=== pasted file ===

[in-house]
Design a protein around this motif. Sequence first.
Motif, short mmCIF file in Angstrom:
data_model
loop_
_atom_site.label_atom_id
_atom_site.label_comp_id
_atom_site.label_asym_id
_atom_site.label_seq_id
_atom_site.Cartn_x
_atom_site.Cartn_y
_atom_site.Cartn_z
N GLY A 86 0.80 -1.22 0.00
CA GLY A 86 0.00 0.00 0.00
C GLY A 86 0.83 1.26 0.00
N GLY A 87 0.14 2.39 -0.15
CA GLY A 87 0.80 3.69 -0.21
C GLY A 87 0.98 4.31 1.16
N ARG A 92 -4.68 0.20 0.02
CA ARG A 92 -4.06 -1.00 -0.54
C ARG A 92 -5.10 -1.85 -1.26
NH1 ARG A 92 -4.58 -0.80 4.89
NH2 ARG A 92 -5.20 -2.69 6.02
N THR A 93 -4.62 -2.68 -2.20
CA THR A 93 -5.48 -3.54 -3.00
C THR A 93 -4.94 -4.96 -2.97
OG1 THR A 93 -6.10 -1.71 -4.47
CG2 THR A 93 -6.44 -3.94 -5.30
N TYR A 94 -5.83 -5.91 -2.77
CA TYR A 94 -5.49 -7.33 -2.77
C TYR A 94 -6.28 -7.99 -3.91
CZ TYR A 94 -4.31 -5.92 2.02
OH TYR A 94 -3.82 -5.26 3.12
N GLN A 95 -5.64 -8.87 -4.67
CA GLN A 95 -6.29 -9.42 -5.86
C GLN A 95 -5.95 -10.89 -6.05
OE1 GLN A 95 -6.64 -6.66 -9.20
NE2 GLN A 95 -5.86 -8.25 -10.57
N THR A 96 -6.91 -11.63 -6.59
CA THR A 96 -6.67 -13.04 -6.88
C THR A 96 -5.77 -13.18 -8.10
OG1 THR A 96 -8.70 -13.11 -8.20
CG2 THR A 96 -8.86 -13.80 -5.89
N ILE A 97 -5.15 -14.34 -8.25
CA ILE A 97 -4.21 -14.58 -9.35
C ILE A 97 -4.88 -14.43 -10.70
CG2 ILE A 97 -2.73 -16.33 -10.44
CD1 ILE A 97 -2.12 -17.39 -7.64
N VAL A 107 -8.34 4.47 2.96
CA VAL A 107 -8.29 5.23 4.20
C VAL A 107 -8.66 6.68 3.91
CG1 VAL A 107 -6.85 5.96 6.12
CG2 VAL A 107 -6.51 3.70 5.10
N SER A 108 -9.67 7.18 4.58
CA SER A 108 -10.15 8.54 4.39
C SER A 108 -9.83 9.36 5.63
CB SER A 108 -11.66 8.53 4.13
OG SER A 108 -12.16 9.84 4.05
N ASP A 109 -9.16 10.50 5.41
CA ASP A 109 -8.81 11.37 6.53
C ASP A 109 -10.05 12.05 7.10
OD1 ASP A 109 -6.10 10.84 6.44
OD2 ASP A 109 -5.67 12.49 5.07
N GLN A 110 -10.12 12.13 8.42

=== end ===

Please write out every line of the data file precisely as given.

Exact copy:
[in-house]
Design a protein around this motif. Sequence first.
Motif, short mmCIF file in Angstrom:
data_model
loop_
_atom_site.label_atom_id
_atom_site.label_comp_id
_atom_site.label_asym_id
_atom_site.label_seq_id
_atom_site.Cartn_x
_atom_site.Cartn_y
_atom_site.Cartn_z
N GLY A 86 0.80 -1.22 0.00
CA GLY A 86 0.00 0.00 0.00
C GLY A 86 0.83 1.26 0.00
N GLY A 87 0.14 2.39 -0.15
CA GLY A 87 0.80 3.69 -0.21
C GLY A 87 0.98 4.31 1.16
N ARG A 92 -4.68 0.20 0.02
CA ARG A 92 -4.06 -1.00 -0.54
C ARG A 92 -5.10 -1.85 -1.26
NH1 ARG A 92 -4.58 -0.80 4.89
NH2 ARG A 92 -5.20 -2.69 6.02
N THR A 93 -4.62 -2.68 -2.20
CA THR A 93 -5.48 -3.54 -3.00
C THR A 93 -4.94 -4.96 -2.97
OG1 THR A 93 -6.10 -1.71 -4.47
CG2 THR A 93 -6.44 -3.94 -5.30
N TYR A 94 -5.83 -5.91 -2.77
CA TYR A 94 -5.49 -7.33 -2.77
C TYR A 94 -6.28 -7.99 -3.91
CZ TYR A 94 -4.31 -5.92 2.02
OH TYR A 94 -3.82 -5.26 3.12
N GLN A 95 -5.64 -8.87 -4.67
CA GLN A 95 -6.29 -9.42 -5.86
C GLN A 95 -5.95 -10.89 -6.05
OE1 GLN A 95 -6.64 -6.66 -9.20
NE2 GLN A 95 -5.86 -8.25 -10.57
N THR A 96 -6.91 -11.63 -6.59
CA THR A 96 -6.67 -13.04 -6.88
C THR A 96 -5.77 -13.18 -8.10
OG1 THR A 96 -8.70 -13.11 -8.20
CG2 THR A 96 -8.86 -13.80 -5.89
N ILE A 97 -5.15 -14.34 -8.25
CA ILE A 97 -4.21 -14.58 -9.35
C ILE A 97 -4.88 -14.43 -10.70
CG2 ILE A 97 -2.73 -16.33 -10.44
CD1 ILE A 97 -2.12 -17.39 -7.64
N VAL A 107 -8.34 4.47 2.96
CA VAL A 107 -8.29 5.23 4.20
C VAL A 107 -8.66 6.68 3.91
CG1 VAL A 107 -6.85 5.96 6.12
CG2 VAL A 107 -6.51 3.70 5.10
N SER A 108 -9.67 7.18 4.58
CA SER A 108 -10.15 8.54 4.39
C SER A 108 -9.83 9.36 5.63
CB SER A 108 -11.66 8.53 4.13
OG SER A 108 -12.16 9.84 4.05
N ASP A 109 -9.16 10.50 5.41
CA ASP A 109 -8.81 11.37 6.53
C ASP A 109 -10.05 12.05 7.10
OD1 ASP A 109 -6.10 10.84 6.44
OD2 ASP A 109 -5.67 12.49 5.07
N GLN A 110 -10.12 12.13 8.42